America left the 2-door pickup "car" in the 80's. The rest of the world however, has not. In fact, they remain relatively popular in the Latin American markets and Australia/New Zealand. The ironic thing is, it never left it's birthplace in the land down under. In the late 30's consumers wanted something that could take the family to church but also get work done during the week. So then Ford Australia decided to make a Ford saloon but rather in a utility variant, with a pick up bed. GM responded by making the Chevy Cameo. Both of these later evolved to be the Ranchero and El Camino, and dominated the brief time this market existed in the US. Dodge tried to enter with its utility coupe the "Rampage" but only sold for a few years before the demand disappeared. They were a little late to the party, anyways. But utility coupes continued to sell internationally. Before they became locally extinct for the US market, some great examples were made, such as the Subaru BRAT and Volkswagen Rabbit. We just called them small pickups, even though technically they were based off of cars.
Volkswagen Rabbit Pickup
In Australia, we see many examples of the utility coupe, commonly referred to as "Utes". Production has ceased for most models in Australia, but only just recently. The Ford Falcon and Holden Commodore were the two last Aussie-designed Utes. There is a specific Ute culture in Australia, similar to the "stance" street culture seen in America. Ute owners often gather and have meets. Ford and GM produced high performance editions of their Utes, the FPV F6 and HSV Maloo, respectively. There is even a racing league for V8-powered Utes. Other Utes sold here include the Proton Jumbuck and Suzuki Mighty Boy. In fact, they even have a "boganfest" called the "Dendy Ute Muster".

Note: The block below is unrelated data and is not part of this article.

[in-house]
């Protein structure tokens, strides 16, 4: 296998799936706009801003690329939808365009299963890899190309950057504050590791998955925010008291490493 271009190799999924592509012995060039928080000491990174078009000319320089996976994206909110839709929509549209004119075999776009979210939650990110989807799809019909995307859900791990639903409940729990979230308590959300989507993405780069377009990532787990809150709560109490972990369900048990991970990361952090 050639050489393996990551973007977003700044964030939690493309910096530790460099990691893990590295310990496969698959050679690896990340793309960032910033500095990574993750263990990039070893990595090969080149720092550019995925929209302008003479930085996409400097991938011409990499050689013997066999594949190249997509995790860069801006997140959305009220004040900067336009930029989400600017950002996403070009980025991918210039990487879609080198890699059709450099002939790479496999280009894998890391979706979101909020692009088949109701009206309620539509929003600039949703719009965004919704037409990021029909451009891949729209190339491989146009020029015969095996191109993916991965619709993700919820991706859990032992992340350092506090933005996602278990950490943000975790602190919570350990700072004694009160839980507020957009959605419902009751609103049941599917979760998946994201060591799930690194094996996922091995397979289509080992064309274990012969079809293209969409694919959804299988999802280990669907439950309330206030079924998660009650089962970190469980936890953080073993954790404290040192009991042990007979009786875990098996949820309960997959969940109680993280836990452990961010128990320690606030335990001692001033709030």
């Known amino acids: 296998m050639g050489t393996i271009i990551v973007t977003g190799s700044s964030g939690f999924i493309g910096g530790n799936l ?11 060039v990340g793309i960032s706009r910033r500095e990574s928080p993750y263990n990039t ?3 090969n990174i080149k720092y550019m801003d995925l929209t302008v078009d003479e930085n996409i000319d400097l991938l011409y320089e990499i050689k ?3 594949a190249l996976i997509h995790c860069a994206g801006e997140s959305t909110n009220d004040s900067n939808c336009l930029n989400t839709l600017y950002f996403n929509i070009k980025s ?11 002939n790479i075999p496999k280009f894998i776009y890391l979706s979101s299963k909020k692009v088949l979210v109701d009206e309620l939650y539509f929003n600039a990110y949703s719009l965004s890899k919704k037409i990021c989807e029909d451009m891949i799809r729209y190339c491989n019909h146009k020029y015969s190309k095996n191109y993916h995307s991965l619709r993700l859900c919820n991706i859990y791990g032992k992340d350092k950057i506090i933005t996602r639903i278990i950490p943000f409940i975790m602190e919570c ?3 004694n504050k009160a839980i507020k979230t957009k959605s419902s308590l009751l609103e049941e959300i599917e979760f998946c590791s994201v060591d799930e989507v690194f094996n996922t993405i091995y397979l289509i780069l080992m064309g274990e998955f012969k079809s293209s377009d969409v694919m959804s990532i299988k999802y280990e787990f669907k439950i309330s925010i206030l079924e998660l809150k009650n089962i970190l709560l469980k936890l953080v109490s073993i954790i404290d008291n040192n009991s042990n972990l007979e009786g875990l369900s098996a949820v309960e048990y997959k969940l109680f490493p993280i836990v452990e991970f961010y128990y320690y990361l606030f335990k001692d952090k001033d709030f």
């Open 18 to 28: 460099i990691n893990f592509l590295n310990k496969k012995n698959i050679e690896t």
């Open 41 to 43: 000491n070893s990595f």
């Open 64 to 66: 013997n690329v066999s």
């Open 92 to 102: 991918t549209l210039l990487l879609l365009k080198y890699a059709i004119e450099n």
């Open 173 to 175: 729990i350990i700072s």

In South Africa, utility coupes are pretty much straightforward with their meaning. Most people call them "bakkies" rather than Utes. Popular examples include the Nissan NP200, Mazda Rustler, Chevy Utility, and Ford Bantam. The South African market is very similar to the South American market, bakkies are less of a cultural symbol and more of a utilitarian vehicle. They also share the same products, usually just rebadged vehicles sold as variants of one another.
In Latin America, the infamous loyalty for Volkswagen and their products span over almost every vehicle class, including utility coupes. The Volkswagen utility coupe is based on the Volkswagen Gol, named the Saviero. Fiat offers the Strada utility coupe, and a rebadged RAM 700 as well. Peugeot sells the Hoggar based on the 207, and Ford has their Courier. The market is predominately European marqued, and most of the vehicles are based on small hatchbacks already developed and sold there. The relative affordability in relation to pickup trucks keeps a foothold for these vehicles in the market.
Should we bring the utility coupe back in developed countries' markets? Why or why not? Let me know in the comments.